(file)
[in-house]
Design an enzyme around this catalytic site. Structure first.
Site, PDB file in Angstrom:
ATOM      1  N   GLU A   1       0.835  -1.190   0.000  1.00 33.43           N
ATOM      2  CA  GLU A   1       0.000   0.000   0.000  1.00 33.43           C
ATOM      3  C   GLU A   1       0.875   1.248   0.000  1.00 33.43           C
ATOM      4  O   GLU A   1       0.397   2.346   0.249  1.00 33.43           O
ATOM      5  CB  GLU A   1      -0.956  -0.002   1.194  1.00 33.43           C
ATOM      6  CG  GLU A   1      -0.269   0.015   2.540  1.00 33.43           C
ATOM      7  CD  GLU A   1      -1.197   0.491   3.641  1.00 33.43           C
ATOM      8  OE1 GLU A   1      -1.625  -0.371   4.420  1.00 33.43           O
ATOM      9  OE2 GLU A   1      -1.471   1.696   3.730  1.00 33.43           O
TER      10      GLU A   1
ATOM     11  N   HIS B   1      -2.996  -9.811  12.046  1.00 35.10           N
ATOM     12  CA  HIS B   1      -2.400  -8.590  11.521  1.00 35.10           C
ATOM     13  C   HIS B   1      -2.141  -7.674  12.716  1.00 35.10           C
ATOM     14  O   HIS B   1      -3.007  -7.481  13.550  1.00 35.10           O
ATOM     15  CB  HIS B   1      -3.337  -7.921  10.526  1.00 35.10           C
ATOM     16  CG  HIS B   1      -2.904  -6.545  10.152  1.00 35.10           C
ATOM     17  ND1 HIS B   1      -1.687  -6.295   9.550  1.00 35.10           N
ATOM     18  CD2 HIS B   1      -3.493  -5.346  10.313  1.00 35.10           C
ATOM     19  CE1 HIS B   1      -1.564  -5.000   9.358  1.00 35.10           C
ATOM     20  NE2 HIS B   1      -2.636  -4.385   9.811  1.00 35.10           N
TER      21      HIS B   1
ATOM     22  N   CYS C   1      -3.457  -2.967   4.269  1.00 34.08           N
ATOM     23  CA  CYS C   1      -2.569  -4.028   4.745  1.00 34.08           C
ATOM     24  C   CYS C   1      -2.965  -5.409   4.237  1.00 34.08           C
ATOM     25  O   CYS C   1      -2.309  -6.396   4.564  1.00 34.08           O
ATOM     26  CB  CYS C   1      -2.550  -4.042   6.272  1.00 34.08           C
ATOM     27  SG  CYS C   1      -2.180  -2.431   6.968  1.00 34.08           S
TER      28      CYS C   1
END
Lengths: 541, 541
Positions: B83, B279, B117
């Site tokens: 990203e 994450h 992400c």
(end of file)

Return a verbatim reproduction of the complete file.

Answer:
[in-house]
Design an enzyme around this catalytic site. Structure first.
Site, PDB file in Angstrom:
ATOM      1  N   GLU A   1       0.835  -1.190   0.000  1.00 33.43           N
ATOM      2  CA  GLU A   1       0.000   0.000   0.000  1.00 33.43           C
ATOM      3  C   GLU A   1       0.875   1.248   0.000  1.00 33.43           C
ATOM      4  O   GLU A   1       0.397   2.346   0.249  1.00 33.43           O
ATOM      5  CB  GLU A   1      -0.956  -0.002   1.194  1.00 33.43           C
ATOM      6  CG  GLU A   1      -0.269   0.015   2.540  1.00 33.43           C
ATOM      7  CD  GLU A   1      -1.197   0.491   3.641  1.00 33.43           C
ATOM      8  OE1 GLU A   1      -1.625  -0.371   4.420  1.00 33.43           O
ATOM      9  OE2 GLU A   1      -1.471   1.696   3.730  1.00 33.43           O
TER      10      GLU A   1
ATOM     11  N   HIS B   1      -2.996  -9.811  12.046  1.00 35.10           N
ATOM     12  CA  HIS B   1      -2.400  -8.590  11.521  1.00 35.10           C
ATOM     13  C   HIS B   1      -2.141  -7.674  12.716  1.00 35.10           C
ATOM     14  O   HIS B   1      -3.007  -7.481  13.550  1.00 35.10           O
ATOM     15  CB  HIS B   1      -3.337  -7.921  10.526  1.00 35.10           C
ATOM     16  CG  HIS B   1      -2.904  -6.545  10.152  1.00 35.10           C
ATOM     17  ND1 HIS B   1      -1.687  -6.295   9.550  1.00 35.10           N
ATOM     18  CD2 HIS B   1      -3.493  -5.346  10.313  1.00 35.10           C
ATOM     19  CE1 HIS B   1      -1.564  -5.000   9.358  1.00 35.10           C
ATOM     20  NE2 HIS B   1      -2.636  -4.385   9.811  1.00 35.10           N
TER      21      HIS B   1
ATOM     22  N   CYS C   1      -3.457  -2.967   4.269  1.00 34.08           N
ATOM     23  CA  CYS C   1      -2.569  -4.028   4.745  1.00 34.08           C
ATOM     24  C   CYS C   1      -2.965  -5.409   4.237  1.00 34.08           C
ATOM     25  O   CYS C   1      -2.309  -6.396   4.564  1.00 34.08           O
ATOM     26  CB  CYS C   1      -2.550  -4.042   6.272  1.00 34.08           C
ATOM     27  SG  CYS C   1      -2.180  -2.431   6.968  1.00 34.08           S
TER      28      CYS C   1
END
Lengths: 541, 541
Positions: B83, B279, B117
């Site tokens: 990203e 994450h 992400c």